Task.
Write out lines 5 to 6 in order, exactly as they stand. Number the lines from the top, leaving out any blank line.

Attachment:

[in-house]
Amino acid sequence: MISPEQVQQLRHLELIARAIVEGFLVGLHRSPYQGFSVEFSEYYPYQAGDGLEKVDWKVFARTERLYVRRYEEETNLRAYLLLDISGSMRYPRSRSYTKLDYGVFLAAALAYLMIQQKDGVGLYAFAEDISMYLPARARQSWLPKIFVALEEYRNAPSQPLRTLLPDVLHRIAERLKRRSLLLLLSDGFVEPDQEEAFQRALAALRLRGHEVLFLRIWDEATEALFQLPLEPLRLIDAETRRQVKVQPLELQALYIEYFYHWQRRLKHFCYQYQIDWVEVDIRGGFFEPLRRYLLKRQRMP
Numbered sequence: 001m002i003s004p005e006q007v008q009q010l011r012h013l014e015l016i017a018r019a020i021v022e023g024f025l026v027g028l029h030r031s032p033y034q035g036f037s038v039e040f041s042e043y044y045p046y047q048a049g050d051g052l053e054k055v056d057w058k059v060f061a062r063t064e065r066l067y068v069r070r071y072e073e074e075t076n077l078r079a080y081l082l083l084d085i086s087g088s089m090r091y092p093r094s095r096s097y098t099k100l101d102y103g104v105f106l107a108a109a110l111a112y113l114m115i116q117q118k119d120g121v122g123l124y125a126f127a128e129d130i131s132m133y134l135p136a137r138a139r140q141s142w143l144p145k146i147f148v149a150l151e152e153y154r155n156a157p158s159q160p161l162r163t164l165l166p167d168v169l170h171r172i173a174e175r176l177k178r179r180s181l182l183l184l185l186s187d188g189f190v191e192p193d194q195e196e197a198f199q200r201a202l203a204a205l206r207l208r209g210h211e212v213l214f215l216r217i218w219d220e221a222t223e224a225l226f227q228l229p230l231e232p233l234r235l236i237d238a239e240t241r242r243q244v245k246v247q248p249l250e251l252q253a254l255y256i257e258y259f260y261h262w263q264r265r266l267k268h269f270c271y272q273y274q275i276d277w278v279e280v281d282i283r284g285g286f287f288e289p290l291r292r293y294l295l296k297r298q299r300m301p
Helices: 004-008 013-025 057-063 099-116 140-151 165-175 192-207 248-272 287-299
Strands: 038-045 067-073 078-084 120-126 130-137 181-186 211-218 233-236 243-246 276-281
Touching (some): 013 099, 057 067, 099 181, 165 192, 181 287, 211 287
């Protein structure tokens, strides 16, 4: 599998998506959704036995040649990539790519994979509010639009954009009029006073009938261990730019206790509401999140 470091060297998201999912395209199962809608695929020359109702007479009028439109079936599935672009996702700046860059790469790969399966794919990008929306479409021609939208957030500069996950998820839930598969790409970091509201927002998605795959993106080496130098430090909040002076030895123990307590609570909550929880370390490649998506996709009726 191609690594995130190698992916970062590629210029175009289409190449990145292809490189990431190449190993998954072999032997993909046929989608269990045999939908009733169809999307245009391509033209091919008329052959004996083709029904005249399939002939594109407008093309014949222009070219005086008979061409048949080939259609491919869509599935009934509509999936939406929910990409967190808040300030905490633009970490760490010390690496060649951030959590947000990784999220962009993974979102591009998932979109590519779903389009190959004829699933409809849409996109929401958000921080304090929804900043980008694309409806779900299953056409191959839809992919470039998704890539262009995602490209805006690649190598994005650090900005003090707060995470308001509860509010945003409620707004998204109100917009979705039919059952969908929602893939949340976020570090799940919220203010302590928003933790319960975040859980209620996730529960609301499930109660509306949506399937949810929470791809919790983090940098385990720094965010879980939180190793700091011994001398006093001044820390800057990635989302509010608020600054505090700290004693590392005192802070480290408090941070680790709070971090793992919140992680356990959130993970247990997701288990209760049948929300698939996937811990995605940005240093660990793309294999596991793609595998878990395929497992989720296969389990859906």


Strands: 038-045 067-073 078-084 120-126 130-137 181-186 211-218 233-236 243-246 276-281
Touching (some): 013 099, 057 067, 099 181, 165 192, 181 287, 211 287